Learning Solaris 11: first impressions

One of my new job responsibility is to administer a couple of Solaris 11 servers. Although I’ve used Solaris 10 in the past, unlike Linux and with FreeBSD to a certain point, my Solaris skills are not as strong as I would want them to be. After all, I’m a Linux sysadmin and not a full-fledged UNIX systems administrator. I’m not a Hawaiian shirt, facial haired fashioned 30-60 year old (at least for now), but I digress. Like with other technologies that I’ve learned and mastered, I decided to buy a book on Solaris as a starting point to start using and learning Solaris 11.


I’ve downloaded the x86 text install from Oracle’s website (585 MB), and installed it using VirtualBox. The installer is dead simple, and less than 20 minutes I had my first full Solaris 11 VirtualBox instance up and running.


Solaris 11 manages its service/daemons on a well structured matter using the Service Management Facility (SMF). I really like how the SMF works, essentially all services can be created, monitored, and managed on a unified way. I kind of see it as chkconfig or update-rc.d done right.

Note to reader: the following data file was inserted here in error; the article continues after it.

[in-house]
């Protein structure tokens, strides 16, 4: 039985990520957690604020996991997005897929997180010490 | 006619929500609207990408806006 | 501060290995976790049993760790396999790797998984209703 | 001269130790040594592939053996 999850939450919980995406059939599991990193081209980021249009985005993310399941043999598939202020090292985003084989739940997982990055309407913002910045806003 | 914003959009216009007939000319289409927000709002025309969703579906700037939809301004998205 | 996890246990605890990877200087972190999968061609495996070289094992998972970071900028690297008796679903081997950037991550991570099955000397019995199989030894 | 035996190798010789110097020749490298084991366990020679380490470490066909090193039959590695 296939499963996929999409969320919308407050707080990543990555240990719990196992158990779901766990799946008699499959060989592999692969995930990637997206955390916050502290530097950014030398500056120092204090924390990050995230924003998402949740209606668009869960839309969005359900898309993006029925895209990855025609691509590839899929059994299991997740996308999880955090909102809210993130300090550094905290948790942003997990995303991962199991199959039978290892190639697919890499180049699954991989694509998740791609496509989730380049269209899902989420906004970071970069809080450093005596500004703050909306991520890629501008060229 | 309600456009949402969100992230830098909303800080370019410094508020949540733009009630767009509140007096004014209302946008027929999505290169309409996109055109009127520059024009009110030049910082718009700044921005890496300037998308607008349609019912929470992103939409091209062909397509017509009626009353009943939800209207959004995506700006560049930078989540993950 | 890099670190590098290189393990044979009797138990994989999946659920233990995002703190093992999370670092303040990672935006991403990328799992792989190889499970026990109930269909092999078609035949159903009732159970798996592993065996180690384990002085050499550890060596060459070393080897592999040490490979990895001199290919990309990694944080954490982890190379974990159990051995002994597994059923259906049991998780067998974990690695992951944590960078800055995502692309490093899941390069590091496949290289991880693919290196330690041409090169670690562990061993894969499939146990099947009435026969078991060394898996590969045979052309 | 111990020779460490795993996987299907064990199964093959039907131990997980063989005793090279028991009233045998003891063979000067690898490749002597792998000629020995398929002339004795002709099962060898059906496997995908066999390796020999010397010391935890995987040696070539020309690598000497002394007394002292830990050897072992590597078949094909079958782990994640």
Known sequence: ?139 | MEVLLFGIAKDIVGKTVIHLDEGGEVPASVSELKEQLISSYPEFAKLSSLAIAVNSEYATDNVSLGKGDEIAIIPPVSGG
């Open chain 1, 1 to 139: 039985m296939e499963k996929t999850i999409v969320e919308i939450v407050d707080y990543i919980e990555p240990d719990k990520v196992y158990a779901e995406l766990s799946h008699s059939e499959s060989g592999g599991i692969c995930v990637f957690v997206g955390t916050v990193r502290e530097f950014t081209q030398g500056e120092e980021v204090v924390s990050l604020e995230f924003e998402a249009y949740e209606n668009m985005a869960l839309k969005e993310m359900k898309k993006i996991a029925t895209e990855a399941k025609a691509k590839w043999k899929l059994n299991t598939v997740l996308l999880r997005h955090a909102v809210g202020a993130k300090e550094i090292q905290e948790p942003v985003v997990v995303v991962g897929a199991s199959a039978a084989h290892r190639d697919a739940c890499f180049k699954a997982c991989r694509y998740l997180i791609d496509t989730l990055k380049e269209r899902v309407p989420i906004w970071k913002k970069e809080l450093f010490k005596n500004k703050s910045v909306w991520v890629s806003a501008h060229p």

As far as its package manager, Solaris 11 uses the Image Packaging System. Like with yum and apt-get, pkg in Solaris does pretty much the same thing of installing, updating, searching and removing system packages. Off the bat, this is probably one of the weakest things in Solaris. From what I can tell the only major community repository is the one by the http://openindiana.org/ folks.


Immediate things I liked:
GNU Bourne-Again SHell is the default shell
vim installed by default.

Immediate things I didn’t liked.
The Solaris grep utility does not support recursive searching. Seriously, WTF! Yet, Oracle claims Solaris is the best enterprise operating system, this reminds me much like how Apple claims OS X is the most advance operating system in the world. I’m getting off topic here so whatever, lucky I can mimic a recursive grep search using the following technique: ` find . | xargs grep ‘your search string here’


I already know basic ZFS sysadmin stuff, but I still haven’t gotten into ZFS in depth, so I can’t really write much about it, other that what I already know, which is that ZFS is a kick ass file system, light years ahead of ext4, and maybe btrfs its closest competitor.

Oracle Solaris 11 System Administration The Complete Reference

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